Discrimination between different degrees of coronary artery disease using time-domain features of the finger photoplethysmogram in response to reactive hyperemia

Zahra Sadat Hosseini, Edmond Zahedi, Hamid Movahedian Attar, Hossein Fakhrzadeh, Mohammad Habib Parsafar

    Research output: Contribution to journalArticle

    4 Citations (Scopus)

    Abstract

    Atherosclerosis is a major cause of coronary artery disease leading to morbidity and mortality worldwide. Currently, coronary angiography is considered to be the most accurate technique to diagnose coronary artery disease (CAD). However, this technique is an invasive and expensive procedure with risks of serious complications. Since the symptoms of CAD are not noticed until advanced stages of the disease, early and effective diagnosis of CAD is considered a pertinent measure. In this paper, a non-invasive optical signal, the finger photoplethysmogram (PPG) obtained before and after reactive hyperemia is investigated to discriminate between subjects with different CAD conditions. To this end, the PPG from both index fingers and standard 3-lead ECG of 48 patients (16 females, age 54.3 ± 9.6 years and 32 males, age 59.9 ± 10.6 years) scheduled for diagnostic angiography were recorded. The coronary condition of each subject was determined by three expert cardiologists (ground truth) based on these coronary angiograms. Of the 48 patients, 18 were diagnosed as having no disease (normal coronary - NC), 3 were diagnosed as having mild stenosis (MLD), 11 had single-vessel disease (SVD), 5 had two-vessel disease (2VD) and the remaining 11 were reported to have three-vessel disease (3VD). A vessel disease was determined when a significant (more than 50%) stenosis of the lumen cross-sectional area was observed. The 48 subjects were first grouped into two classes, namely high-risk: Class 1 = {2VD, 3VD} (N = 16) and low-risk: Class 2 = {NC, Mild, SVD} (N = 32). Using this approach, classification using a k-Nearest Neighbor classifier leads to an accuracy of 81.5%, a sensitivity of 82.0% and a specificity of 80.9%. Then all 48 subjects were regrouped slightly differently by moving the SVD subjects from the second (low-risk) to the first (high-risk) class. Therefore for the second approach high-risk: Class 1 = {SVD, 2VD, 3VD} (N = 27), whereas low-risk: Class 2 = {NC, Mild} (N = 21). This second approach resulted in an accuracy of 78.8%, a sensitivity of 79.3% and a specificity of 78.3%. We submit that this technique can be employed to implement an efficient triage system for scheduling coronary angiography, as it is able to identify non-invasively patients at greater risk of coronary stenosis.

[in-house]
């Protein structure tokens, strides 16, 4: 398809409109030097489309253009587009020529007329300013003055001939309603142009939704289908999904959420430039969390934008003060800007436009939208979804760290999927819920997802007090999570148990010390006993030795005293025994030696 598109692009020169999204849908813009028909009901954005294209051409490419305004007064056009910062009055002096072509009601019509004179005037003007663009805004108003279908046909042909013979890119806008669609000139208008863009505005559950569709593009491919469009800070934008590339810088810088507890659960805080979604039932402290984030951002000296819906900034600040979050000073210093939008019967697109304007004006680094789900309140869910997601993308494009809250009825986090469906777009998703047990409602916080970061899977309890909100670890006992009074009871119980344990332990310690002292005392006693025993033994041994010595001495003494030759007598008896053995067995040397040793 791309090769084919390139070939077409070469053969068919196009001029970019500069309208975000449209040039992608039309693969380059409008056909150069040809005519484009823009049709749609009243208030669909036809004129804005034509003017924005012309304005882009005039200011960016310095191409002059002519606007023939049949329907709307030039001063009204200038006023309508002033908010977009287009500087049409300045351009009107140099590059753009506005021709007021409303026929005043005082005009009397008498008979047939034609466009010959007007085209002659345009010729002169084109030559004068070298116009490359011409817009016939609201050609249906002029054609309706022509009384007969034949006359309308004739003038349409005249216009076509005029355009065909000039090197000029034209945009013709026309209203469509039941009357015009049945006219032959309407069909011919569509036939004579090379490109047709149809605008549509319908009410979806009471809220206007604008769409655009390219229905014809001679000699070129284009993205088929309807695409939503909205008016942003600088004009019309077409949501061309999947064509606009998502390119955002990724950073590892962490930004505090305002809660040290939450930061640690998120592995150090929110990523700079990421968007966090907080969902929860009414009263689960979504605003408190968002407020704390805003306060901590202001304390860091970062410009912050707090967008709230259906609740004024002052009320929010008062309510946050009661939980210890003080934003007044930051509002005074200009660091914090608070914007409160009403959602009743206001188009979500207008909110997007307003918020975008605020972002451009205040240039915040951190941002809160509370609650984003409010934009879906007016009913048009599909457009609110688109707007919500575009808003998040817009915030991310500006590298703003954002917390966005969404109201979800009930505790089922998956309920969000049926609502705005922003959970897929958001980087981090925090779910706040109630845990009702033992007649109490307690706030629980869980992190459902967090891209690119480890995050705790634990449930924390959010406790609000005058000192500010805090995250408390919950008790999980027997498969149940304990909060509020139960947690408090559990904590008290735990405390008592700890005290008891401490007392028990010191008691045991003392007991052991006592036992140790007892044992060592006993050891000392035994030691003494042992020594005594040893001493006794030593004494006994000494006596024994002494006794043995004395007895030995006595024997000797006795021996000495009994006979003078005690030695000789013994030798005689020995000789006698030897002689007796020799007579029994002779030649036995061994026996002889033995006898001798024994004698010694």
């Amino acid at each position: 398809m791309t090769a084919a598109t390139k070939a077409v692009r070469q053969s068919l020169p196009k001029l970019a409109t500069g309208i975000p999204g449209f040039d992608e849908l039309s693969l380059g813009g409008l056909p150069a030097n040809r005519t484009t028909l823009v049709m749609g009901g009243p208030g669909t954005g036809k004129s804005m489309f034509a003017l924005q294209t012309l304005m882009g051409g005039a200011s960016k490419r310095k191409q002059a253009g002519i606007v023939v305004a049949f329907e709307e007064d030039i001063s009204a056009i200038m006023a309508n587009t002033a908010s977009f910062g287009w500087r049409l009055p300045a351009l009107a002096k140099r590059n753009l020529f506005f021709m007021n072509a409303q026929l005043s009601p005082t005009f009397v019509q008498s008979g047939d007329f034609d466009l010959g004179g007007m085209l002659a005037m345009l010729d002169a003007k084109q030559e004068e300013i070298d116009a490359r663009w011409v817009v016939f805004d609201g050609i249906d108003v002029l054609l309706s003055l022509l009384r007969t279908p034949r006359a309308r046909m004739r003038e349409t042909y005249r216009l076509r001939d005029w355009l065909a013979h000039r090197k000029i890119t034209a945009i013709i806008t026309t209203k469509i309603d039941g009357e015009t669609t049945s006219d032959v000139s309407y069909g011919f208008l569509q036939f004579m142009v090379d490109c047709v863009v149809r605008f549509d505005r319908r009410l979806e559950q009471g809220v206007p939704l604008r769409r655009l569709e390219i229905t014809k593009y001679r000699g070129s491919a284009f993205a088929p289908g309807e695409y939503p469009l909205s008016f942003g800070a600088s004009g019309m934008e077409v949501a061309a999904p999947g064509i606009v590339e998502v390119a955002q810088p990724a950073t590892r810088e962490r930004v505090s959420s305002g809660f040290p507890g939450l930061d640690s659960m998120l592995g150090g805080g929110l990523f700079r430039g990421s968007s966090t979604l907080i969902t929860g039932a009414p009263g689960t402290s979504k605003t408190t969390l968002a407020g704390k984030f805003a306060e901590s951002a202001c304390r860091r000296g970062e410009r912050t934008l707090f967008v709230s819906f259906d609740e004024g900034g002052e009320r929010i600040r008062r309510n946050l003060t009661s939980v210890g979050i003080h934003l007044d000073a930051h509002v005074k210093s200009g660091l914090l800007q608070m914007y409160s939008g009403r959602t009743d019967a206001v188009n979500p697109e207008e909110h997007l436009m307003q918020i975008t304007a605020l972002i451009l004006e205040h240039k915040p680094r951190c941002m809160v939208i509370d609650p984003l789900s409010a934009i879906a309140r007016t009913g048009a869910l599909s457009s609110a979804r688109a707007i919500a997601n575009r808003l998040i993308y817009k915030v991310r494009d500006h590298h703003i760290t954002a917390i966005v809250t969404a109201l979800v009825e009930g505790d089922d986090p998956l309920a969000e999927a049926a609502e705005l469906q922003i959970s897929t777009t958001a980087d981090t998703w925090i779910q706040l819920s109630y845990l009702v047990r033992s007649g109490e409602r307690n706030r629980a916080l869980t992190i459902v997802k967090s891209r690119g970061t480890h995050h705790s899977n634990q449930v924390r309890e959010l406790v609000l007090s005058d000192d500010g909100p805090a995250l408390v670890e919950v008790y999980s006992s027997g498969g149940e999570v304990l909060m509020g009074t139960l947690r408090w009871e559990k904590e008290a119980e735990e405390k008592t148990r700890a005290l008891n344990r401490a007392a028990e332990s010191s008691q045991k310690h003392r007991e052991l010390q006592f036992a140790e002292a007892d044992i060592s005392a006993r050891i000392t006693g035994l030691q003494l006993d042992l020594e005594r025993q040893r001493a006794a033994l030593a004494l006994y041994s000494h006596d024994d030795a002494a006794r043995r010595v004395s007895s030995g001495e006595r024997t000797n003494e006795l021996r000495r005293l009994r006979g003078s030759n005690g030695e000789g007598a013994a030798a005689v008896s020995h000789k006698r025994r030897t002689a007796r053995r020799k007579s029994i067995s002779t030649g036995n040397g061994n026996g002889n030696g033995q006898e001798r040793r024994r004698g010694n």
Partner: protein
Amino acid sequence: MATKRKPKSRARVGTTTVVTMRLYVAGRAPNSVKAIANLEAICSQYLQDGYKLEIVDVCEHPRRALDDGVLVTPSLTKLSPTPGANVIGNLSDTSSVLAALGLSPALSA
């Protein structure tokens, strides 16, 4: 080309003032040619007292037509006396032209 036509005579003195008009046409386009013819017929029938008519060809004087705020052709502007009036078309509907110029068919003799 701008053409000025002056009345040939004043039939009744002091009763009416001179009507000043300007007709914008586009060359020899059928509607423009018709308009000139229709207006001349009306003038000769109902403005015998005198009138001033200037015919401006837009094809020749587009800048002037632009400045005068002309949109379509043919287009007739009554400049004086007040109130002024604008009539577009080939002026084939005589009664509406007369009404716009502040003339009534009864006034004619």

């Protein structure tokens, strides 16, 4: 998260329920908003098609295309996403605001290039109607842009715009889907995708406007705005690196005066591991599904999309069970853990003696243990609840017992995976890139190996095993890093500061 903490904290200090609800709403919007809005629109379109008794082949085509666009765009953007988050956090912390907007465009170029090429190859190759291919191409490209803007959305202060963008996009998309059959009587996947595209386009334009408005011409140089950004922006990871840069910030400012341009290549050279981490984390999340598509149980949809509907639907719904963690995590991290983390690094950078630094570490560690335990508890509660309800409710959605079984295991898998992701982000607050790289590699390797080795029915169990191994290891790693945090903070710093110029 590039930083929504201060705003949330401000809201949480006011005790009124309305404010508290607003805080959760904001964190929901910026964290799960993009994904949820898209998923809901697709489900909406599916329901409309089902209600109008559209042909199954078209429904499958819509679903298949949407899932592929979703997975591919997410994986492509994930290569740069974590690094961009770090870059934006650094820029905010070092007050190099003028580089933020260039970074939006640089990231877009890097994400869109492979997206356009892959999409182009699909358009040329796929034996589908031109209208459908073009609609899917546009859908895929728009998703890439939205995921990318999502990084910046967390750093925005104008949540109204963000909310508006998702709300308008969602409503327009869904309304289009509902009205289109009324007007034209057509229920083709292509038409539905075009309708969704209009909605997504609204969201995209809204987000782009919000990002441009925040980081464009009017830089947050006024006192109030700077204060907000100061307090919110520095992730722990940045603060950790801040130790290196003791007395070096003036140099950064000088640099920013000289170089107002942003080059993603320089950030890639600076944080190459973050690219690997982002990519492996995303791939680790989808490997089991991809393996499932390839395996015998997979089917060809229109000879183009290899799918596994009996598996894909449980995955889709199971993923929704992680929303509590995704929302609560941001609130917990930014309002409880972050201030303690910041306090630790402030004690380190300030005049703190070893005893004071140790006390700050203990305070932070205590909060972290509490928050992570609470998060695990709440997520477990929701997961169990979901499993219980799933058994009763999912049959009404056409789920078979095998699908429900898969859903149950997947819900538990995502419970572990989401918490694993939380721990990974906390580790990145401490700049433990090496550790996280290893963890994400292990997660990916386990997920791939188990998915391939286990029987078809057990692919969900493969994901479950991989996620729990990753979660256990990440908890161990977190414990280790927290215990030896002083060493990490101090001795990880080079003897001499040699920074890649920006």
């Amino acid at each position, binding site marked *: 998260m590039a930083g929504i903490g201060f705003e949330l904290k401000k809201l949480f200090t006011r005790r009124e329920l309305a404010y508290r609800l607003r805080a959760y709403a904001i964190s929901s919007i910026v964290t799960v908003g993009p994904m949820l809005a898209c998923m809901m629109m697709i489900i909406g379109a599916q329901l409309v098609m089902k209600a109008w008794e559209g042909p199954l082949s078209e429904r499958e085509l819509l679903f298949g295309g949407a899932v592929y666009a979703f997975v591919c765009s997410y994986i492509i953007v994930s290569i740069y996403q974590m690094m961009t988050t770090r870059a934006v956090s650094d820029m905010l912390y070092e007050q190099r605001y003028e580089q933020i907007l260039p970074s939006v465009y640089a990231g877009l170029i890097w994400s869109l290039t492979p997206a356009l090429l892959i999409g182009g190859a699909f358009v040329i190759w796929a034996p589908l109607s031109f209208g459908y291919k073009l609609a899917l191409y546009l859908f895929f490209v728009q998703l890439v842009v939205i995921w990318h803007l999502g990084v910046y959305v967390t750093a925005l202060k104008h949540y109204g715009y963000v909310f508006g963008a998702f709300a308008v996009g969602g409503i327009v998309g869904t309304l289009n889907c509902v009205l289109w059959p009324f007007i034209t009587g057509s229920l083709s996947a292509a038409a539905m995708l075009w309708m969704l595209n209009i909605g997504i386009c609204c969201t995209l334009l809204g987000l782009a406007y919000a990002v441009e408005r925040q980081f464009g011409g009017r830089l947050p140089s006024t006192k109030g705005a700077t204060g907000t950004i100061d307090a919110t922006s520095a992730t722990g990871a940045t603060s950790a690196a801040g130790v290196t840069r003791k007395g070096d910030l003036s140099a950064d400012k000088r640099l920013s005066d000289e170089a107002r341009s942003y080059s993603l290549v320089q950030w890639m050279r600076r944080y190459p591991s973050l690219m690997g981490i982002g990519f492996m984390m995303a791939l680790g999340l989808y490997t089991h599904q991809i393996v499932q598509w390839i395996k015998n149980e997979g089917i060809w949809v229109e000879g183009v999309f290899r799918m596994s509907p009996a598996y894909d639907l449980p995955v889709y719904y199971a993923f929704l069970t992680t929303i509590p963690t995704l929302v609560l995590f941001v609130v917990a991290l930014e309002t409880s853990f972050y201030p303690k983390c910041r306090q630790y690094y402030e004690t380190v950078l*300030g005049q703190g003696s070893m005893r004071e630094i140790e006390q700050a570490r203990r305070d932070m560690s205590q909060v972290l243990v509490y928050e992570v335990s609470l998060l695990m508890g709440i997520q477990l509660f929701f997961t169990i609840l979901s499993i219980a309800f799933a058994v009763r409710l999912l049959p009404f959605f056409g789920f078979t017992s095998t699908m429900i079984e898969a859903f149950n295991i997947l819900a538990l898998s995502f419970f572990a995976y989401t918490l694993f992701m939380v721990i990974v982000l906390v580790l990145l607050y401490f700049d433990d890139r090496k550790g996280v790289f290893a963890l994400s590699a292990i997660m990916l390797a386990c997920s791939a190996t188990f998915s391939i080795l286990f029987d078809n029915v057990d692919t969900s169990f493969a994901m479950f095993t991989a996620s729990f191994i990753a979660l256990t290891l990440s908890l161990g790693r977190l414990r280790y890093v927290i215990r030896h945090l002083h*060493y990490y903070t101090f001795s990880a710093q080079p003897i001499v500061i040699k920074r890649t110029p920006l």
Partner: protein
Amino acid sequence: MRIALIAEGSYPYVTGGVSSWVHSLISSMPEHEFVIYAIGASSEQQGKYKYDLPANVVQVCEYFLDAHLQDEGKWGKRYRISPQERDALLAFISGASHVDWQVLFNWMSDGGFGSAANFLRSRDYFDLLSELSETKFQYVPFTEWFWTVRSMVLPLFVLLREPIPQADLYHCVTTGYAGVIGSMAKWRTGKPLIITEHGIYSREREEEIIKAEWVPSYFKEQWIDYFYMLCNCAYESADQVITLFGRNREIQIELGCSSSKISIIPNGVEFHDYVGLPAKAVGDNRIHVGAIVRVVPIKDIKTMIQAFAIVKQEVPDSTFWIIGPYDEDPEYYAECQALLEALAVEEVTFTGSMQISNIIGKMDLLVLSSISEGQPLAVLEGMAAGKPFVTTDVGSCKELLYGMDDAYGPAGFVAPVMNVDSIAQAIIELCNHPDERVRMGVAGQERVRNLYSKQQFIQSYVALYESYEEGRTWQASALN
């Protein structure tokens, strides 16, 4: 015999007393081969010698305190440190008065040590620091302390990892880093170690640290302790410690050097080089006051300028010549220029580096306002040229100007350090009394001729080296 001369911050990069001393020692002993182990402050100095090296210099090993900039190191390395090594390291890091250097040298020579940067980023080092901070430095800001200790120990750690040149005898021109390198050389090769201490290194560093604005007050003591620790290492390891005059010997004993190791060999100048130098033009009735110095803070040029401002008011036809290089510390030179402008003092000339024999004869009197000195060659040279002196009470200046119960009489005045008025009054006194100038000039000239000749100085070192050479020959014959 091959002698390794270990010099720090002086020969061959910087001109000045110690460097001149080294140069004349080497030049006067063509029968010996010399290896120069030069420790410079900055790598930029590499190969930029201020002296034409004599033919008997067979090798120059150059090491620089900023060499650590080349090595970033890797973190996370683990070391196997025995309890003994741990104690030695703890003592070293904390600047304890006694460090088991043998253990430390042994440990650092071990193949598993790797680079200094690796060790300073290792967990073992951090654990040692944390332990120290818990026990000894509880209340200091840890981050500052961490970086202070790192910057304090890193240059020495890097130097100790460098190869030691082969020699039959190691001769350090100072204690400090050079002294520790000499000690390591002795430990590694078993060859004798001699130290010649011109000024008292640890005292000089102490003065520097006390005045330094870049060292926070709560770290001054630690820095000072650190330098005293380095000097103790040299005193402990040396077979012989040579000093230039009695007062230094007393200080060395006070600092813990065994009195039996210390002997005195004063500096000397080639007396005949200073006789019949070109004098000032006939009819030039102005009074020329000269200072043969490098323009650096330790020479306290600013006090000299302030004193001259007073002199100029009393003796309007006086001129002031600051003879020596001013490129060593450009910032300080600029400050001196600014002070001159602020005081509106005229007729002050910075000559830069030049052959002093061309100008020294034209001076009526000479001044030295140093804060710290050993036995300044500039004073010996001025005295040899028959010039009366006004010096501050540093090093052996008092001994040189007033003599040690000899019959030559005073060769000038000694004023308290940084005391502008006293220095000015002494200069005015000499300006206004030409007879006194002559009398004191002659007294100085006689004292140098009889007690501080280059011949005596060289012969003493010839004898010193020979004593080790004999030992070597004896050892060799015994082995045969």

Original languageEnglish
    Pages (from-to)282-292
    Number of pages11
    JournalBiomedical Signal Processing and Control
    Volume18
    DOIs
    Publication statusPublished - 2015

    Fingerprint

    Hyperemia
    Fingers
    Coronary Artery Disease
    Angiography
    Coronary Angiography
    Pathologic Constriction
    Triage
    Coronary Stenosis
    Coronary Disease
    Early Diagnosis
    Atherosclerosis
    Electrocardiography
    Morbidity
    Mortality
    Classifiers

    Keywords

    • Coronary stenosis
    • ECG
    • Flow-mediated dilation
    • Photoplethysmogram
    • Triage

    ASJC Scopus subject areas

    • Health Informatics
    • Signal Processing

    Cite this

    Discrimination between different degrees of coronary artery disease using time-domain features of the finger photoplethysmogram in response to reactive hyperemia. / Hosseini, Zahra Sadat; Zahedi, Edmond; Movahedian Attar, Hamid; Fakhrzadeh, Hossein; Parsafar, Mohammad Habib.

    In: Biomedical Signal Processing and Control, Vol. 18, 2015, p. 282-292.

    Research output: Contribution to journalArticle

    Hosseini, Zahra Sadat ; Zahedi, Edmond ; Movahedian Attar, Hamid ; Fakhrzadeh, Hossein ; Parsafar, Mohammad Habib. / Discrimination between different degrees of coronary artery disease using time-domain features of the finger photoplethysmogram in response to reactive hyperemia. In: Biomedical Signal Processing and Control. 2015 ; Vol. 18. pp. 282-292.
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